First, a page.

He don't want your money if it
doer not benefit you, and will cheer-
fully refund the money. Try it today.
East Poplar Street; cerebral embolism
Thomas C. Leffingwell, age 19 days
833 Hays Street; erysipelas.
Albert Tietze, age 34 years. Physiciana
and Surgeons Hospital; cerebral hem-
Mrs. Iaila Bcott (col.), age r>ft years, 1414
North Olive Street; tuberculosis.
DEAN IS IMPROVING.
Report From Mr. Richardson's Bed-
side Is Encouraging.
It was given out last night, from the
residence of Dean Walter R. Richardson,
rector emeritus of St. Mark's Episcopal
Church, that the illness of the Dean had
taken a decidedly favorable turn.
Many people of San Antonio have been
In suspense over the outcome of the sud-
den paralytic stroke which occurred
while the dean was attending the funeral
of Mrs. Josephine A. Tobin, one of his
oldest parishioners. It is, therefore, grati-
fying to know that the physicians be-
lieve that the dean will entirely recover
from the illness.
Thomas Walthall Finishes Suwanee was in°New '
Texas would feel if she is not repre- i October hostess. The lesson subject was
sen ted with dignity in the way of com- "Egypt," with Mrs. Albert Burke leader.
^ ; paring favorably with other States in 1 The sub-topics were taken as follows-
this being the last meeting reeled to any sheriff or constable or spe-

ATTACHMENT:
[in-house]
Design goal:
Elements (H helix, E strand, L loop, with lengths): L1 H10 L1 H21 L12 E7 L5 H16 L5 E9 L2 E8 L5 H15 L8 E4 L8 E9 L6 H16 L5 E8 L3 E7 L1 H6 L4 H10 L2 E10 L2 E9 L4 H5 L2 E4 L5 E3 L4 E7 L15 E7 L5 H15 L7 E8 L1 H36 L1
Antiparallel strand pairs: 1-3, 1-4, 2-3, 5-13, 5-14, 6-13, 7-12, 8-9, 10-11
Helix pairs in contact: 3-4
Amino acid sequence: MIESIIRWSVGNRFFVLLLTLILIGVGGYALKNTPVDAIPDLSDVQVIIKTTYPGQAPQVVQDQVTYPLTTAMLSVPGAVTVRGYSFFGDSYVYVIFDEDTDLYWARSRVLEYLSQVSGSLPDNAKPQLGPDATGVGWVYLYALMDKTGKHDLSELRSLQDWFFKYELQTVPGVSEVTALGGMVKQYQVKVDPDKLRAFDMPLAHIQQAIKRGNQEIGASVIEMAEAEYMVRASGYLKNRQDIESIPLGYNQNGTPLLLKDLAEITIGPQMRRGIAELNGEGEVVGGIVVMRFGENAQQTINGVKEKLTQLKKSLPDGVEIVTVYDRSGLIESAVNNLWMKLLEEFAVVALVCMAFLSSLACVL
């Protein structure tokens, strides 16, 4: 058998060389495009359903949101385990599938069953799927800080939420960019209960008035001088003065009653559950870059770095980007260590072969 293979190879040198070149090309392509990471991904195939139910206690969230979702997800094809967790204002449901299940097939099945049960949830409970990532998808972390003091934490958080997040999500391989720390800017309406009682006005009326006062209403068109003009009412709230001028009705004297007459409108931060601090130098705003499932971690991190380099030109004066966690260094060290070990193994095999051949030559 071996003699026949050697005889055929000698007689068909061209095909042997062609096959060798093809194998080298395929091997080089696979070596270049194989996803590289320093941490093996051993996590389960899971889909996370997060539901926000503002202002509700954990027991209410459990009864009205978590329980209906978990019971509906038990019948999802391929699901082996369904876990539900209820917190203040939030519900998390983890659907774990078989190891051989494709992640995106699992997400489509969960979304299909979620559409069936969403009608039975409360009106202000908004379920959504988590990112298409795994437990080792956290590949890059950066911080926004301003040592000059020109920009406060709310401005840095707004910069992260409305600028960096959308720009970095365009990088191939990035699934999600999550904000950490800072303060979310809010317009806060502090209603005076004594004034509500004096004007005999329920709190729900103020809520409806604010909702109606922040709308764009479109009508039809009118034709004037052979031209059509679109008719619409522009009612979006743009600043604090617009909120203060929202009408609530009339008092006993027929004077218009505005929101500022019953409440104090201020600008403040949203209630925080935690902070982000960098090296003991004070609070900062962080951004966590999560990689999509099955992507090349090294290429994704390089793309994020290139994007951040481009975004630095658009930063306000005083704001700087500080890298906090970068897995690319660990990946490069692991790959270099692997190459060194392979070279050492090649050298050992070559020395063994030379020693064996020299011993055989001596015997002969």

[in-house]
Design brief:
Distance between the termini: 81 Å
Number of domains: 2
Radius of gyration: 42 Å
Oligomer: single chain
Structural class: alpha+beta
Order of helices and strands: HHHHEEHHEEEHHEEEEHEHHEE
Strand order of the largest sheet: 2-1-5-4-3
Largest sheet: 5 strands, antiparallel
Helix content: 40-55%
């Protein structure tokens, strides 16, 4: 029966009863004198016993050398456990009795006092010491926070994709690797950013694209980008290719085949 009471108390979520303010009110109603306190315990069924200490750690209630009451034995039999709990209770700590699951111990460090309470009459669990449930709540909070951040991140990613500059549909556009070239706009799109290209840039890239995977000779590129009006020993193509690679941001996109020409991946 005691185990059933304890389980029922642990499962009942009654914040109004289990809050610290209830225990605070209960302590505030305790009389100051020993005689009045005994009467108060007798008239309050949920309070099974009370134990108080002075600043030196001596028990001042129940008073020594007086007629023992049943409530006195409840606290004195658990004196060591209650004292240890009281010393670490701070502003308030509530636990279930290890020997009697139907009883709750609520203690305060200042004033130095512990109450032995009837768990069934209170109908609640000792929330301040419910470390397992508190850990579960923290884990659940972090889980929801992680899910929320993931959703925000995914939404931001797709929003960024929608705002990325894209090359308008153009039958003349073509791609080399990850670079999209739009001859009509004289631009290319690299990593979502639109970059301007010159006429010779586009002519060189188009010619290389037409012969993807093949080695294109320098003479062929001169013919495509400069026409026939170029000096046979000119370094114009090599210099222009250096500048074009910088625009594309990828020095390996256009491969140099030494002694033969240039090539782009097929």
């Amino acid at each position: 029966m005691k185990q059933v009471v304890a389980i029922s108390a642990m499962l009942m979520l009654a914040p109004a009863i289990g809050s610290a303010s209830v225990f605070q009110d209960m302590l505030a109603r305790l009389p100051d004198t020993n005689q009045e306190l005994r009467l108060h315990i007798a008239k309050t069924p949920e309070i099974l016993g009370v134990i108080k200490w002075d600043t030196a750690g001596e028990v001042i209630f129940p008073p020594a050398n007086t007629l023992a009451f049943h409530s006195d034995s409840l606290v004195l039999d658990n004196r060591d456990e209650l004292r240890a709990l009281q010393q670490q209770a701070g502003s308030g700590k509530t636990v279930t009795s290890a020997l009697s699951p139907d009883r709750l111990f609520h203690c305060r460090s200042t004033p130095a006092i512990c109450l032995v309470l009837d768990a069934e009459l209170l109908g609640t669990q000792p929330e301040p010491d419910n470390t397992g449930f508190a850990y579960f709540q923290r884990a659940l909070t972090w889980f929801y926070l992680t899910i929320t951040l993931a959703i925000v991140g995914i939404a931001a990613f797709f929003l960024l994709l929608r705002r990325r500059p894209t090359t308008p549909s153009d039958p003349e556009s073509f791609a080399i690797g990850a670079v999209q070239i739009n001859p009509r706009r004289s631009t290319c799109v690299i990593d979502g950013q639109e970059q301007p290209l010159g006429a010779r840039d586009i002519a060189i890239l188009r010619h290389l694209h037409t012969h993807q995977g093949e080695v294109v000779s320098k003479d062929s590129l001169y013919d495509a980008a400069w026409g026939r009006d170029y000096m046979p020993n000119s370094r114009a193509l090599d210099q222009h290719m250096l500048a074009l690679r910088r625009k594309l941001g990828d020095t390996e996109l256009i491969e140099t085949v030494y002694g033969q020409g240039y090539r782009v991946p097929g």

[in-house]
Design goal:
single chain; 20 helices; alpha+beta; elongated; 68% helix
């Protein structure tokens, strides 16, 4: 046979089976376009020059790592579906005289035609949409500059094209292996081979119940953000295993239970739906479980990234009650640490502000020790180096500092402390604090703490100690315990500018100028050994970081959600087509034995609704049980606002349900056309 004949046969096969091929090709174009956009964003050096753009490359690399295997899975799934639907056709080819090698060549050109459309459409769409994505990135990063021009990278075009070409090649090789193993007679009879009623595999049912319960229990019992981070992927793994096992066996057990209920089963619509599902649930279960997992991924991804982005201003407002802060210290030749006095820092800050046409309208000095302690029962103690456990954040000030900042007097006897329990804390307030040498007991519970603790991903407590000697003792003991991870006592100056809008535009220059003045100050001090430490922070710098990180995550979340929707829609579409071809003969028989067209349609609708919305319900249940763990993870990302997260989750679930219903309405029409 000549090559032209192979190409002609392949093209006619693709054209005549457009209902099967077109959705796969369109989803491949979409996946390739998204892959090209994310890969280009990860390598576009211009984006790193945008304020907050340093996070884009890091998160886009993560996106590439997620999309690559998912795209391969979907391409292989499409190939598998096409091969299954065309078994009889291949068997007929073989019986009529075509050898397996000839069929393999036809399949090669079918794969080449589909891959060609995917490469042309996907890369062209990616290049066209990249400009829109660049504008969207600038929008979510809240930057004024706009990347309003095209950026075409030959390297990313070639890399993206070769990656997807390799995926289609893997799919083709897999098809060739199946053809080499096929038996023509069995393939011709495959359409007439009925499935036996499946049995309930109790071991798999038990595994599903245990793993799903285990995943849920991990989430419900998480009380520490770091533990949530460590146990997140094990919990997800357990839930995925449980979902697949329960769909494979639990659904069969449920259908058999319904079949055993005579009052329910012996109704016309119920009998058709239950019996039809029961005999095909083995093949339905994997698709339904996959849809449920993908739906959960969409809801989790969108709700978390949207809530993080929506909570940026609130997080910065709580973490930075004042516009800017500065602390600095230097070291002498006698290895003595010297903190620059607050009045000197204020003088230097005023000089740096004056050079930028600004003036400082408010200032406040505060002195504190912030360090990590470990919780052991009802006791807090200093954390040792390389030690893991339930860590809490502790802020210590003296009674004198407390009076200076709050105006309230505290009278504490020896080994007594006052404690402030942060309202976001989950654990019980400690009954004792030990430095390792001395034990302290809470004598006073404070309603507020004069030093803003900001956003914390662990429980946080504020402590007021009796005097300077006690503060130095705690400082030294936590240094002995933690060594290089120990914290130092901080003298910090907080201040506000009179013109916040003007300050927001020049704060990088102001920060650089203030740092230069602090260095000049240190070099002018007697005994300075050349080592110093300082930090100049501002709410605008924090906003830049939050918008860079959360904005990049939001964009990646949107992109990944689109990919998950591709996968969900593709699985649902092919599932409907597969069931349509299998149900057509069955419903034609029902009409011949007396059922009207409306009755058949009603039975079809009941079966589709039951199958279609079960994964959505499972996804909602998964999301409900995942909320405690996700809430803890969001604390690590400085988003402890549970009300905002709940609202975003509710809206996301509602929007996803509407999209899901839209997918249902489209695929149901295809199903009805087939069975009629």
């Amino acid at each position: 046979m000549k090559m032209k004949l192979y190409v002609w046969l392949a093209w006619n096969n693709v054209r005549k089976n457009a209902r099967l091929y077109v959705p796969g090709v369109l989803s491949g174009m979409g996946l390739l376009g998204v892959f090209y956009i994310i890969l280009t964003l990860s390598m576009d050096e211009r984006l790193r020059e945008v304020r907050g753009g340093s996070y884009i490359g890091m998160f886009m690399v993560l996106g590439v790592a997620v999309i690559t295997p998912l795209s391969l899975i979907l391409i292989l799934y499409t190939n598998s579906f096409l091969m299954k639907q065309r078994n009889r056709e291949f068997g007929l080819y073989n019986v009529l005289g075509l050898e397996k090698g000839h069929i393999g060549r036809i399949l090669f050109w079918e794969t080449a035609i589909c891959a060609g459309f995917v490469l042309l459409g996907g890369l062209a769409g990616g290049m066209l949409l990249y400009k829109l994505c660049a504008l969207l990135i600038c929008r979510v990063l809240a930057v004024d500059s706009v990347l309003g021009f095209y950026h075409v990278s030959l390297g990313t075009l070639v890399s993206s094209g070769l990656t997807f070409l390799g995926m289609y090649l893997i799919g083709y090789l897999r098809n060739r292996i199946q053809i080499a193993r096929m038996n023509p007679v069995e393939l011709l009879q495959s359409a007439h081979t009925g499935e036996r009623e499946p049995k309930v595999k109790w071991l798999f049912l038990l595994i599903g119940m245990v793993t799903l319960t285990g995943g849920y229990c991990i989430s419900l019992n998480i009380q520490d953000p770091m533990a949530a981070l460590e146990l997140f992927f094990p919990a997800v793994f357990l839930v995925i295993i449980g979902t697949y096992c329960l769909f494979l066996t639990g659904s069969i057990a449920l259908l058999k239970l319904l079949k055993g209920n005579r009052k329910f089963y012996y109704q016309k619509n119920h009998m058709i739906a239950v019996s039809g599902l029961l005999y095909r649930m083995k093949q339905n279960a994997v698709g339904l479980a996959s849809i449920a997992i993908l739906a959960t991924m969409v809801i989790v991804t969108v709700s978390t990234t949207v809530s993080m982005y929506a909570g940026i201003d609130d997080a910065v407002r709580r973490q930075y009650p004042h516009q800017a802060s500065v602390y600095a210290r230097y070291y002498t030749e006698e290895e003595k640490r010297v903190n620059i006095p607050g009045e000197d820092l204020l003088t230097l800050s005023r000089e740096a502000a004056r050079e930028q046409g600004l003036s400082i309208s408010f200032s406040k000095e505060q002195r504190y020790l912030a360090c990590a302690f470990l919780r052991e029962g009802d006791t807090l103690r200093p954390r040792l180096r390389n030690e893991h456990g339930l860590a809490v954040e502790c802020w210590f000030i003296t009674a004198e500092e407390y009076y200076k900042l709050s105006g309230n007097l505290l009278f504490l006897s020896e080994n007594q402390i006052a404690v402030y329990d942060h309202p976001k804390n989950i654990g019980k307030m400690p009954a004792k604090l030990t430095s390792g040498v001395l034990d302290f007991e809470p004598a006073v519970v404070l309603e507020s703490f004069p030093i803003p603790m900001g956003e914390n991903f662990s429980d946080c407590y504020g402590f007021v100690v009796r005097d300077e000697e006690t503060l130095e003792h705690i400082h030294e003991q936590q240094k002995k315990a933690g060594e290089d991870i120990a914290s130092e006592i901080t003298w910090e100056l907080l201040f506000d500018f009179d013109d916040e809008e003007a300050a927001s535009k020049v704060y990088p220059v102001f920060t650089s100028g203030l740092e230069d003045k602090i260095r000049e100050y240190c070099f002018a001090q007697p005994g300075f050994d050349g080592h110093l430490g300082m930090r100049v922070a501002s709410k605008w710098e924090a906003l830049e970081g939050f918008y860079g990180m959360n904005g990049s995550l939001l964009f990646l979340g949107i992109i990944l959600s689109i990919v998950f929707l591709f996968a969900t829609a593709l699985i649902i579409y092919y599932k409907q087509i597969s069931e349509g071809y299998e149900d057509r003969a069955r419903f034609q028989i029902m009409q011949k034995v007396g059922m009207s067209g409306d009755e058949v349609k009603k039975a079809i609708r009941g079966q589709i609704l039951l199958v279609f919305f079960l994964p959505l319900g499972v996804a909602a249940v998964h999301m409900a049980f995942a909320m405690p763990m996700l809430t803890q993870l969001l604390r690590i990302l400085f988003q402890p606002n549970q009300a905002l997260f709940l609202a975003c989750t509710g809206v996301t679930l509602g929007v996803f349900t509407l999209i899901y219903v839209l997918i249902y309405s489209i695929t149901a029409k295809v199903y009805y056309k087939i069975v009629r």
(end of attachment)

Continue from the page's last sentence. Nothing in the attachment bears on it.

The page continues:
Ij. Li. Boyd, who was the eial peace officer, who shall execute such
this contribution for what will virtually
be our national crown of glory to the
Confederacy. Where can the South
speak stronger and in more glowing
terms than upon this beautiful point
overlooking the National Capitol where
people of all nations visit, and frequent?"
Contributions are to be sent to Mrs.
J. I). Roberdeau, West Thirteenth
Street, Austin, before November 1.
♦ ♦ ♦
Ueut. Abbott Boone and his bride,
who was Miss Laura Stevens of Liberty,
passed through San Antonio yesterdw
en route to Monterey, where they win
spend two weeks as the guests of Lieu-
tenant Boone's brother, L. P. Boone.
The wedding took place Tuesday at 6
o'clock p. m. at Liberty and was an
elaborate affair, the ceremony being per-
"Tlie Suez Canal." Mrs. Louis Polk;
"Educational Influence,'' Mrs W. F
Barnes; "He lies of Egypt." Miss IJI las
Collier. Mrs. Boyd lead the Bible les-
son. and Mrs. B. R. Lindsey gave the two-
minute talk. The next meeting will be
with Mrs. John Leadenier. ill Callaghan
♦ ♦ ♦
The women of the Central Christian
Church will have an all-dav quilting par-
ty in the church, beginning at 10 o'clock
a. m. today.
♦ ♦ ♦
One of the handsome gowns at the Gos-
ling-lrvin wedding of last evening was
an imported creation of apricot satin and
warrant If so ordered by the presiding
judge, (onfine the party arrested in jail
during the day of election or until th-
day after election, when his case may be
examined by some magistrate to whom
the presiding judge may report It. but
the party arrested shall first be permit-
ted to vote, jf he is entitled to do so,
r rovided that if said party is drunk from
the use of Intoxicating liquors he shall
not bo permitted to vote until he is
Just as Interesting as this Is that ref-
erence the law makes to the dispensing
of thirst armihiIator8 or such fluids com-
monly called booze. According to tho
law it is a good day to let booze alone
and there is no such thing as giving a
electioneering or loitering between this
point and the entrance to the polls."
The polls, under the law. will open at
v o'clock next t'uesday morning, remain-
ing open continuous!v until 7 o'clock in
♦he evening of that day.
If there be an adequate number of